The role of technology in perpetrating, and preventing, domestic and family violence: evaluating a new safety response

Stream: Family violence
Date: Tuesday, 10 September 2019
Time: 1.35 pm – 3.15 pm


In 2016 Queensland introduced a technology trial designed to assist women who are risk assessed as highly vulnerable or experiencing ongoing domestic and family violence, to stay safer in their home, where appropriate and safe to do so, through the provision of new and emerging technological enhancements to home, property and personal security.

There are two related but distinct components to the initiative. The first is the use of technology such as personal safety alarms and security cameras to enhance victims’ safety, in which technology is part of a safety response to support victims. The second is identifying and responding to technology-facilitated abuse, in which technology such as social media is used by perpetrators to stalk and monitor victims. This paper reports on the evaluation of the trial, which aimed to investigate whether and how the technology based initiative enables people to stay safer at home, which people, and under what circumstances, and if it empowers them in other ways. Findings include the benefits of technology in enhancing subjective safety, for women and their children. We also identify the need for resources to build the capacity of human services with expertise in domestic and family in identifying and responding to technology-facilitated abuse, a growing concern because of its effects on victims' space for agency, and on their safety.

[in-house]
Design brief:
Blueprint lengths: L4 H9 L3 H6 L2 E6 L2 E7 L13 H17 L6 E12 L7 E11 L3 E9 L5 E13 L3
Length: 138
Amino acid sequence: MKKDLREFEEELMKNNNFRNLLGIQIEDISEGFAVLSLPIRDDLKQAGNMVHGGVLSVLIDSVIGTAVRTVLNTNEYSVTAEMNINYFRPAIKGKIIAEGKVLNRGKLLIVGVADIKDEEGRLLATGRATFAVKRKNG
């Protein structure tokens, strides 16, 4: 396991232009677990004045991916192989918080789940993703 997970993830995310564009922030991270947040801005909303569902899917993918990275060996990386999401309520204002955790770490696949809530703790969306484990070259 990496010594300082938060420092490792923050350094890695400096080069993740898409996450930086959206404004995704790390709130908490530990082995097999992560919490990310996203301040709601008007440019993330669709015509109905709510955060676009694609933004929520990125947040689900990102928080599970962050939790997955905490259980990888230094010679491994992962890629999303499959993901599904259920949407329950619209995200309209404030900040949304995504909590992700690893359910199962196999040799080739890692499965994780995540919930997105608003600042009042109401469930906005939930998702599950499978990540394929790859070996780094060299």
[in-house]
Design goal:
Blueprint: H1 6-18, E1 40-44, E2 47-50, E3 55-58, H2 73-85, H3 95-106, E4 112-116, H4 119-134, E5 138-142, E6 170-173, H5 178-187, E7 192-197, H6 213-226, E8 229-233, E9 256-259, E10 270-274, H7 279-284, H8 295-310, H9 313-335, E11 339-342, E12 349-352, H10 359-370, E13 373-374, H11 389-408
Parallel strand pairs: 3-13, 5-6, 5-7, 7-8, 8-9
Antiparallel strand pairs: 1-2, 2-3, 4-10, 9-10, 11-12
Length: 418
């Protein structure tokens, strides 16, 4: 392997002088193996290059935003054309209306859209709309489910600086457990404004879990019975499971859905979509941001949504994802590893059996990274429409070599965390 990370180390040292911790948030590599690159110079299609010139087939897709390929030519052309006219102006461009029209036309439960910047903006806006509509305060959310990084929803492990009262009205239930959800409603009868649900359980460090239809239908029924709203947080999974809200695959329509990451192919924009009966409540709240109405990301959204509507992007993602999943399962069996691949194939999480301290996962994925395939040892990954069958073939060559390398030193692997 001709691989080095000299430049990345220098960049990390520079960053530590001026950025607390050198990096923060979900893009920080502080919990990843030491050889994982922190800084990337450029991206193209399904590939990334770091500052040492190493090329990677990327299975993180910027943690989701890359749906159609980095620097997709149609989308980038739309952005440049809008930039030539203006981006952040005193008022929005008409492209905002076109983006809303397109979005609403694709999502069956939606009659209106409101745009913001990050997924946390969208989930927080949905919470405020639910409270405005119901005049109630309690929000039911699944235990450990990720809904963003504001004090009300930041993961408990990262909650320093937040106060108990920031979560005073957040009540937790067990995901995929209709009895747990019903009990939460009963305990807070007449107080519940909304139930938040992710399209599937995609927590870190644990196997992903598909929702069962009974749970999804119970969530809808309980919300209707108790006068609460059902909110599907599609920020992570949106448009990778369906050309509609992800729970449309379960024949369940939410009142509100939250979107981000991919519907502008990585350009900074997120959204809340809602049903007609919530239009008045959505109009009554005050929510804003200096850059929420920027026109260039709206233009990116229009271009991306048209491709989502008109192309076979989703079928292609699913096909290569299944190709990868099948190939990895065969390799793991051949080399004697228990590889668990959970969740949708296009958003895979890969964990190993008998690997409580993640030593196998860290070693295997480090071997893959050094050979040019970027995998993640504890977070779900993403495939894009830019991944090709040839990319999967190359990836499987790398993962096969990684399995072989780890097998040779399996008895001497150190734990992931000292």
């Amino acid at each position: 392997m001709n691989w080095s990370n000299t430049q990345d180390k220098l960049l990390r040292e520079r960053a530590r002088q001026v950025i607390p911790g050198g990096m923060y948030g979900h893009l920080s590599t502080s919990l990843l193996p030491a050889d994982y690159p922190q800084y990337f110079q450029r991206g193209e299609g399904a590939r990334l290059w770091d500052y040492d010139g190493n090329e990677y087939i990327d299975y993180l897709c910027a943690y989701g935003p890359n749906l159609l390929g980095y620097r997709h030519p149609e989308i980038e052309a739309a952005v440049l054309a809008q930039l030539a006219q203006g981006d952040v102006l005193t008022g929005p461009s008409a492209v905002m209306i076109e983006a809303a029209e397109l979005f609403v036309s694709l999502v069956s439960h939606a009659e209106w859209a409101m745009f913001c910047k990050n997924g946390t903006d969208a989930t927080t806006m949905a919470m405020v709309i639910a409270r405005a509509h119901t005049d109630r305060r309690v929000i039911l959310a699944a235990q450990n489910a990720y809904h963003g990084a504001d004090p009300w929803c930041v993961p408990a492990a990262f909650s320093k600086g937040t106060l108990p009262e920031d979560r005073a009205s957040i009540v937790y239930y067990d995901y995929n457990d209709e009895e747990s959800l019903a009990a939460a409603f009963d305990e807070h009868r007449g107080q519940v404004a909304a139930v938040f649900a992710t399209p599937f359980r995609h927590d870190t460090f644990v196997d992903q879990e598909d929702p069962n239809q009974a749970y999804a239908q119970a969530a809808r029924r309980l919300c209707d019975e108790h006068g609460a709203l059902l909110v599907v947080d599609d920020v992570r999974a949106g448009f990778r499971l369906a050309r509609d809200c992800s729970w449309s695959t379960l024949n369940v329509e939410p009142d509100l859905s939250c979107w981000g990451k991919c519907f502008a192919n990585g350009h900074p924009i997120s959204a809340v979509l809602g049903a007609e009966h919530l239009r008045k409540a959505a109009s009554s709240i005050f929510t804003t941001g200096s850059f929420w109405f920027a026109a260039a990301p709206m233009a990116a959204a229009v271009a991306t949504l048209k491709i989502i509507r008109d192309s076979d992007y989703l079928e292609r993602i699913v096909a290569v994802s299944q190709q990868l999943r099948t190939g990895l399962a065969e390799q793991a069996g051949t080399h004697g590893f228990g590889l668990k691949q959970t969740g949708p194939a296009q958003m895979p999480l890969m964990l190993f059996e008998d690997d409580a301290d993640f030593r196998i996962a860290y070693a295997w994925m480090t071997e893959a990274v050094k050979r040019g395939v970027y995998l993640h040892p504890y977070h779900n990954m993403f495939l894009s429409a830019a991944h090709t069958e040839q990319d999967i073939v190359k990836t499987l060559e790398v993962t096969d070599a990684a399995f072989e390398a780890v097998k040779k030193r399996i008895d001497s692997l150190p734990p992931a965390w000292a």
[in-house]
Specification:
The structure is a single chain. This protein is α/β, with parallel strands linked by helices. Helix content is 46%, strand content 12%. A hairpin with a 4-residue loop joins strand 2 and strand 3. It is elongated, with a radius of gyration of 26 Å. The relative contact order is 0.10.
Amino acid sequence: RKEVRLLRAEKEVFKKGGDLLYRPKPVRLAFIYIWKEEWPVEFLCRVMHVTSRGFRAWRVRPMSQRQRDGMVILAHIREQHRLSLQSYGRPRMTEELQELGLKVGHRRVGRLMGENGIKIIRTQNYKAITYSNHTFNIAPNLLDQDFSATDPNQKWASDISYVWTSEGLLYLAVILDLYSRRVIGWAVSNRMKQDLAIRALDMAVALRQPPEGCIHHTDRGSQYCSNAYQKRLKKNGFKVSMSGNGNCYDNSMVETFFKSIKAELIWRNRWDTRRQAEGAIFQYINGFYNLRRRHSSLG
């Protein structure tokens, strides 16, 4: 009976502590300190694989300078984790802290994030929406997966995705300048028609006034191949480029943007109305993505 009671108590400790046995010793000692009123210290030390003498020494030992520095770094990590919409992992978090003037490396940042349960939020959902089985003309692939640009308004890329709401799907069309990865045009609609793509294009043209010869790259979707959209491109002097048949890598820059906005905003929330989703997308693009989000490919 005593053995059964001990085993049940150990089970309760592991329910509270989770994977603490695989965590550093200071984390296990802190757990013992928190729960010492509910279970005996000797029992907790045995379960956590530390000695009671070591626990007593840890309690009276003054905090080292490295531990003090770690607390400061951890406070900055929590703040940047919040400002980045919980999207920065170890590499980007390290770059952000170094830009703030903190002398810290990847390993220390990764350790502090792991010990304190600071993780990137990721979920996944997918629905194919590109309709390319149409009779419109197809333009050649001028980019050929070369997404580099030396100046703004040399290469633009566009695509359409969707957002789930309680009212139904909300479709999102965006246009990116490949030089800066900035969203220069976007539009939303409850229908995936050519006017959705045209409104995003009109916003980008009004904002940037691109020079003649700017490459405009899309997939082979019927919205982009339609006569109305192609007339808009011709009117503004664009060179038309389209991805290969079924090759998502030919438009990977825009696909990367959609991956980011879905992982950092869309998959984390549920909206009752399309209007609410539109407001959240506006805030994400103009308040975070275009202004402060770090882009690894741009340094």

kylie valentine (Presenter), Social Policy Research Centre, UNSW Sydney
kylie works at the Social Policy Research Centre, UNSW. She researches human services delivery and service systems

Sandra Gendera (Presenter), Social Policy Research Centre, UNSW Sydney
Sandra's expertise is in qualitative research, including projects involving mixed methods; longitudinal analysis; involvement of multiple stakeholder groups; and delivering research outputs to various audiences. Her research expands to various social policy fields: disability and mental health research; migration and immigration; research with young people and their families and supporters; and program evaluation.